pressurizing the interior of the pressure vessel with an inert gas to a predetermined pressure, wherein the inert gas is selected from the group consisting of helium, nitrogen, and argon;

supplying a mixture of a carrier fluid and a pharmacological agent into the pressure vessel;

exposing the non-layered polymeric material and the mixture of carrier fluid and pharmacological agent in the pressure vessel for a time such that the carrier fluid and pharmacological agent at least partially penetrate the non-layered polymeric material; and releasing the pressure in the pressure vessel over a predetermined period of time and under controlled conditions such that the carrier fluid diffuses out of the non-layered polymeric material and the pharmacological agent becomes elutably trapped within the non-layered polymeric material in a predetermined concentration gradient, wherein the concentration gradient defines an elution profile of the pharmacological agent from the non-layered polymeric material when the intraluminal prosthesis is deployed within a body of a subject.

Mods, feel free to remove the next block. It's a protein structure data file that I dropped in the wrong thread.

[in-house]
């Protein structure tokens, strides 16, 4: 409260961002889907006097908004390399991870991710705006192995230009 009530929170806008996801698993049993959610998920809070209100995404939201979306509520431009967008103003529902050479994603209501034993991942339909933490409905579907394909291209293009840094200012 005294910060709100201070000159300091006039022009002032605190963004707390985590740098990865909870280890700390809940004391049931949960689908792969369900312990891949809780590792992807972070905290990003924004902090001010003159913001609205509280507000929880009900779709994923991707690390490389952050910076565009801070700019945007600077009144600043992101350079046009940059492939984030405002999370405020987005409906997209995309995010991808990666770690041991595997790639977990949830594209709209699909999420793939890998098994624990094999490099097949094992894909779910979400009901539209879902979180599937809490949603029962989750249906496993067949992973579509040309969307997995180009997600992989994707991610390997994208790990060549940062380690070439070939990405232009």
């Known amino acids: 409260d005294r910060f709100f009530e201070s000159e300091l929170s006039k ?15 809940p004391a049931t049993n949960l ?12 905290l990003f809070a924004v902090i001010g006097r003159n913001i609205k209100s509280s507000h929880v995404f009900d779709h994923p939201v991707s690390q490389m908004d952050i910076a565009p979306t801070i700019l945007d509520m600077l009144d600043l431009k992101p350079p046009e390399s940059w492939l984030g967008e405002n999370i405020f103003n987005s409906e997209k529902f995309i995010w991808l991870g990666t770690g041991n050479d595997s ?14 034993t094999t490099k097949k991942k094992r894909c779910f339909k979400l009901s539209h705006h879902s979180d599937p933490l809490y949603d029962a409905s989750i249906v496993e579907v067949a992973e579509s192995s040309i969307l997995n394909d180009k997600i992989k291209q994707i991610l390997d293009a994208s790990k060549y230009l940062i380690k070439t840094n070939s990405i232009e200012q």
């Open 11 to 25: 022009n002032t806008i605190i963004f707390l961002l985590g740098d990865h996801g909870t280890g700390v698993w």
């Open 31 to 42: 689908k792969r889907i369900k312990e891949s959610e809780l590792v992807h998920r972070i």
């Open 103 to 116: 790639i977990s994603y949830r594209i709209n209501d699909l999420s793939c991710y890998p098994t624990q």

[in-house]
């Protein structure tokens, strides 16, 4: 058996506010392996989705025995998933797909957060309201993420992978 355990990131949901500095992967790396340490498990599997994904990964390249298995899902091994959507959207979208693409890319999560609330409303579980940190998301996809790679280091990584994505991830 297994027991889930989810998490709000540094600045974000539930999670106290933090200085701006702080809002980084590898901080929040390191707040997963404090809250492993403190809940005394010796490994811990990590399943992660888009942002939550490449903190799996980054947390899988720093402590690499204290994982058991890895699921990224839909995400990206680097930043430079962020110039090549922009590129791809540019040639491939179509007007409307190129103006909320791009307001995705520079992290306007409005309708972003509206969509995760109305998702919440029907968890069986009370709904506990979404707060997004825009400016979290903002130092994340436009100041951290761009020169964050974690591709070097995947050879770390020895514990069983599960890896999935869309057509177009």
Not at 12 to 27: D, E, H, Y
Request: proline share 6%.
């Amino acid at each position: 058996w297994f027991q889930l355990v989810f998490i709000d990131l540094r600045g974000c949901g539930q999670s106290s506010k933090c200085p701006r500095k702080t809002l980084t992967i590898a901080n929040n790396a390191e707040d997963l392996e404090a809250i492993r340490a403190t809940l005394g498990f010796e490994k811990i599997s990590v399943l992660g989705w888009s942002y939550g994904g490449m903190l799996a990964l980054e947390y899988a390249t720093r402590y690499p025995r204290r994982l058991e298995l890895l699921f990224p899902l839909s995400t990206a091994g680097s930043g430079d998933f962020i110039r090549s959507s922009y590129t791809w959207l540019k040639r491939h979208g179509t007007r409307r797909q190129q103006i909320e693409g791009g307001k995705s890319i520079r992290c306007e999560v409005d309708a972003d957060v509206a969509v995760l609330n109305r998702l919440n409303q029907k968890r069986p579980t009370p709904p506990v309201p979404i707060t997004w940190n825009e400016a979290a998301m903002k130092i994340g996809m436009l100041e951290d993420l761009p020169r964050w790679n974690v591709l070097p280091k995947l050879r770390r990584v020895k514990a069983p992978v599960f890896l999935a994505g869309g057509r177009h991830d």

17. The method of claim 16, wherein the step of releasing pressure is carried out under controlled conditions in which at least one parameter selected from the group consisting of temperature, rate of temperature change, pressure, rate of pressure change, carrier fluid quantity, and rate of carrier fluid quantity change, is controlled in a predetermined pattern.
18. The method of claim 16, further comprising masking one or more portions of the intraluminal prosthesis with a protective layer of material prior to immersing the intraluminal prosthesis in the mixture of carrier fluid and pharmacological agent, wherein the protective layer of material is configured such that the mixture of the carrier fluid and the pharmacological agent at least partially penetrates only unmasked portions of the non-layered polymeric material during the pressurizing step.